Bipolar disorder (manic depression) is a treatable medical condition that affects people of all genders, races, ages, and income levels. Roughly 5.7 million Americans suffer from the condition. Bipolar disorder runs in families: more than two-thirds of people with bipolar disorder have at least one close relative with the condition or with major depression.Manic symptoms include:
Increased energy and decreased need for sleep.
Excessive irritability, euphoria, or aggressive behavior.
Increased talkativeness or rapid speech.
Disconnected and racing thoughts.
Impulsive behavior and poor judgment such as spending sprees, erratic driving, or sexual indiscretions.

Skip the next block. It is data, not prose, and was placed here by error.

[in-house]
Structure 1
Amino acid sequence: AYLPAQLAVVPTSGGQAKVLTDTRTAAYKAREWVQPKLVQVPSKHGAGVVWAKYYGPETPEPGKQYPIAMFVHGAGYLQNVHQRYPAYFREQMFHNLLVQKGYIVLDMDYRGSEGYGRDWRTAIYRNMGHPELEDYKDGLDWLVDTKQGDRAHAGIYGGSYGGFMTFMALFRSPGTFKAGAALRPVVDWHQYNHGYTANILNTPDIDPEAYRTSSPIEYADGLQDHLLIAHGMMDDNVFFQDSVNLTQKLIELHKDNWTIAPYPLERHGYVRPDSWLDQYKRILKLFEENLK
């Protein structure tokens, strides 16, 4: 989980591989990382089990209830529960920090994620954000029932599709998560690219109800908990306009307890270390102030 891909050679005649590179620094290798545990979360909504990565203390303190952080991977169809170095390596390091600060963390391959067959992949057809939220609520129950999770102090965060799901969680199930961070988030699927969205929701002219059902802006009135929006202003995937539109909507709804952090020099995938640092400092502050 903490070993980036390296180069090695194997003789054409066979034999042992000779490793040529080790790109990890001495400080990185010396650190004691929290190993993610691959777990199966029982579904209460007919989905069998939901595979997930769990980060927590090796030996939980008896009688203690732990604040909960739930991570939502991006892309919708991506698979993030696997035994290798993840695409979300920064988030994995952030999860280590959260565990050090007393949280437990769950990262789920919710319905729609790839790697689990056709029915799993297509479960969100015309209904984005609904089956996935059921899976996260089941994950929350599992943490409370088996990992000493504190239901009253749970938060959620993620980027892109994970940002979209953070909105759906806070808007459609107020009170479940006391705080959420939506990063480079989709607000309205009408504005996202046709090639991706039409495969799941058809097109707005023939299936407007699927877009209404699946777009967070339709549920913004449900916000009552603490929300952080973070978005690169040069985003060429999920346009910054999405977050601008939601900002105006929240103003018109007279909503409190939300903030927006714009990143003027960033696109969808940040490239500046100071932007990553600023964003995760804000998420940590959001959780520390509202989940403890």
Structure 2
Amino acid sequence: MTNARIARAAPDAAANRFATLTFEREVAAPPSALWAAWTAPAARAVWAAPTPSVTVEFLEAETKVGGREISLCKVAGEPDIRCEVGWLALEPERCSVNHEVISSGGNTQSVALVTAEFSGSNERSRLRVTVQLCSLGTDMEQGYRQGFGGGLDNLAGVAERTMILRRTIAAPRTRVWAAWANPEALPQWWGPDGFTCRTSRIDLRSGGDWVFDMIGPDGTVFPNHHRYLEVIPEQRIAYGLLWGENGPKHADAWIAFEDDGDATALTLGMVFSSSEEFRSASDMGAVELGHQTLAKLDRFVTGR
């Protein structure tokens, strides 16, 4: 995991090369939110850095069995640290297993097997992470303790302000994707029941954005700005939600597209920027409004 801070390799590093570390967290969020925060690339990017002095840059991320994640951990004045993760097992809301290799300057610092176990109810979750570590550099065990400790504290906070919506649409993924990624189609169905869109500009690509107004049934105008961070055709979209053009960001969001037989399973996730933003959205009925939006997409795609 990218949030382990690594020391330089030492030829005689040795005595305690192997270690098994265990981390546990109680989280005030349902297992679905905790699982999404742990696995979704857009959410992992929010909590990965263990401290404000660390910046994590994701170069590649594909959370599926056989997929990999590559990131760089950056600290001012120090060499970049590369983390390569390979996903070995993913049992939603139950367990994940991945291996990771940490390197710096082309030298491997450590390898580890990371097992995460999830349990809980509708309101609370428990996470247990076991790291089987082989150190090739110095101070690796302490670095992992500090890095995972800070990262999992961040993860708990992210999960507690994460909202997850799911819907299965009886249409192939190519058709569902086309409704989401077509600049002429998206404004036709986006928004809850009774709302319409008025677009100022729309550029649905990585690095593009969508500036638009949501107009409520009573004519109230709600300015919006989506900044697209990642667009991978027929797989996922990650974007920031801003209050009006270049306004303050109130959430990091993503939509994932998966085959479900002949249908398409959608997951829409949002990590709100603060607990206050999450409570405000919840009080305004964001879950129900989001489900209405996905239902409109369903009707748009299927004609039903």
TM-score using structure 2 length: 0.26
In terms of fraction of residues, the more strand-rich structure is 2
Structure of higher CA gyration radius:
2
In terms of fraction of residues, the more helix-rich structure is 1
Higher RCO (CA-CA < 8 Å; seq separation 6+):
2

Increased goal-directed activities.
People with bipolar disorder need to be treated with medication (mood stabilizer), a different class of medication than antidepressants. Antidepressants alone can make their condition worse.
Fifty percent of people with bipolar disorder lack insight or do not realize they are ill. For example, they may believe they are a "high energy person." Often they only go to a doctor complaining of their depression, so the doctor does not realize they also have periods of mania. Therefore, it is essential that family members and friends report manic symptoms to the doctor, so that they can make an accurate diagnosis.
Unfortunately, bipolar disorder is vastly underdiagnosed and treated. On average, it takes 8 years before bipolar disorder is diagnosed. During that time a person suffers needlessly and is at risk for suicide.